How to Adjust the Carburetor on a Harley

Written by jeremiah blanchard
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How to Adjust the Carburetor on a Harley
The carburettor on most Harley motorcycles is still the classic Linkert carburettor. (moteur de Harley image by fxprod from Fotolia.com)

A Harley Davidson motorcycle is a classic iconic representation of the American biker. Owning one of these motorcycles requires periodic maintenance and tuning, such as adjusting the carburettor. The carburettor on most Harley motorcycles is still the classic Linkert carburettor that has been used for generations, though upgraded carburettors are available for some modern bike models. The carburettor can be adjusted using ordinary tools.

Skill level:
Moderate

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Things you need

  • Flathead screwdriver

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Instructions

  1. 1

    Ensure that the Harley is in a safe position to work on and that the bike is upright and adequately supported.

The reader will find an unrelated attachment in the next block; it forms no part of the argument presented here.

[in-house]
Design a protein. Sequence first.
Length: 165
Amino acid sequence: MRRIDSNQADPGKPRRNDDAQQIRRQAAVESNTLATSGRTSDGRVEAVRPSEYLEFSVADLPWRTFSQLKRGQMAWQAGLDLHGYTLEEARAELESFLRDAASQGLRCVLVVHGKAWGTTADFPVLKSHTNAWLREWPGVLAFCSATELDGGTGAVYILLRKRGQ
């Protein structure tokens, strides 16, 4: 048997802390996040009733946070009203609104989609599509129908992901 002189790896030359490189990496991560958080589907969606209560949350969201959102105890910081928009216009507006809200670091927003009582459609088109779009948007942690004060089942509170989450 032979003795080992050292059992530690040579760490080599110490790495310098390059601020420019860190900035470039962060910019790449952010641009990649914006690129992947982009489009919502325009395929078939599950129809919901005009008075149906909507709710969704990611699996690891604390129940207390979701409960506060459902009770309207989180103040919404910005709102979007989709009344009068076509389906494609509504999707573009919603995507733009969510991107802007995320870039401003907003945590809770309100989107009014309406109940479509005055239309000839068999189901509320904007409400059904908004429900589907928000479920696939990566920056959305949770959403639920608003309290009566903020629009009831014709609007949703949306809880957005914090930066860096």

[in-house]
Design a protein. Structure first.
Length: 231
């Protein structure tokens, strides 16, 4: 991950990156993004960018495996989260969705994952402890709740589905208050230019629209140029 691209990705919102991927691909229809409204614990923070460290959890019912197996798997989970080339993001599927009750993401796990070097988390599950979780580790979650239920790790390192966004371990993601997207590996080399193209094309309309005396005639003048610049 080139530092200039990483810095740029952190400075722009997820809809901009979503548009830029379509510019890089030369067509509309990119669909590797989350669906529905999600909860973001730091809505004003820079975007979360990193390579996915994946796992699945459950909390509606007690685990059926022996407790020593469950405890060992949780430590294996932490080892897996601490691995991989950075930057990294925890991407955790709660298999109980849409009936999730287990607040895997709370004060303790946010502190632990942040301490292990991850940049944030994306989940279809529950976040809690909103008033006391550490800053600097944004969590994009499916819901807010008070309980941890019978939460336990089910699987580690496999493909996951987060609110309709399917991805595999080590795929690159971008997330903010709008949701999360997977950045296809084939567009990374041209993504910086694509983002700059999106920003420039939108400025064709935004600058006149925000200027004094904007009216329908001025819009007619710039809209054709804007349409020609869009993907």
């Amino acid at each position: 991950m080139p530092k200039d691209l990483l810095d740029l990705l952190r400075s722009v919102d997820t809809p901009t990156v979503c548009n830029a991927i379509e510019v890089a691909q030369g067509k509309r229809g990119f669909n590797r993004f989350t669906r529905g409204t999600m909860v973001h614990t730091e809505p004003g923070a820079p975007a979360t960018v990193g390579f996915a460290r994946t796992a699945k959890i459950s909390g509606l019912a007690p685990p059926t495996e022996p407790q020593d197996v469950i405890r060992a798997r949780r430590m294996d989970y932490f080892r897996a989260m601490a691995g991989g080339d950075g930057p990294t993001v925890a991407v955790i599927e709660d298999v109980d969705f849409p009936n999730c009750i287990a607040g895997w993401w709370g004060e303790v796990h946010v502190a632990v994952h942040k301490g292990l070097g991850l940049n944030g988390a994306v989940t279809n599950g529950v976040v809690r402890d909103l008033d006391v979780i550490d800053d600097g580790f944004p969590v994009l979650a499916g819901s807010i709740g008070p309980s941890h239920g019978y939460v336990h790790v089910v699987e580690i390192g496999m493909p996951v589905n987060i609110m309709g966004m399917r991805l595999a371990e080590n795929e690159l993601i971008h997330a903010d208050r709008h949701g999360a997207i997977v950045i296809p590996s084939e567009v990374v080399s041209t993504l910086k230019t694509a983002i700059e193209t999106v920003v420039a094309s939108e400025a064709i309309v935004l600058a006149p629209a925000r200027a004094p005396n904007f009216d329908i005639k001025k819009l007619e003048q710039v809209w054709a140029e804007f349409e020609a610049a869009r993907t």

2. 2

    Locate the high-speed needle. This is the largest screw on top of the carburettor and is slightly protruding from the carburettor. Turn the high-speed needle on the carburettor inward until it just barely touches the carburettor with a flathead screwdriver. Turn the needle back by two full rotations.

  3. 3

    Locate the low-speed needle. This will be protruding near the carburettor base and is "L" shaped, making it easy to turn. Turn the low-speed needle inward until it just barely touches the carburettor. Turn the needle back by five full rotations.

  4. 4

    Set the Harley ignition spark to one mark shy of a fully forward position. The ignition timing mark is visible in the inspection hole located near the flywheel on the front cylinder. Start the Harley engine and let the bike idle until normal operating temperature is achieved. This should take 3 to 5 minutes.

  5. 5

    Ensure the throttle is closed completely. Turn the low speed needle clockwise by one click at a time until you notice the engine misfire. Immediately turn the needle counterclockwise by five to 10 clicks, or until the engine starts stops misfiring and runs normally.

  6. 6

    Turn the throttle stop-screw --- located on top of the throttle lever --- counterclockwise to make the engine idle between 900 and 1100rpm. Counterclockwise rotation of the stop-screw will reduce the idle speed.

  7. 7

    Repeat the steps until your engine is running smooth or if you continue to notice engine misfire.

Tips and warnings

  • Once the carburettor is adjusted correctly you'll hear a slower but smoother sound as your engine runs, uninterrupted by misfire or popping sounds.
  • Do not set the idle speed lower than 900rpm. This can cause engine problems.

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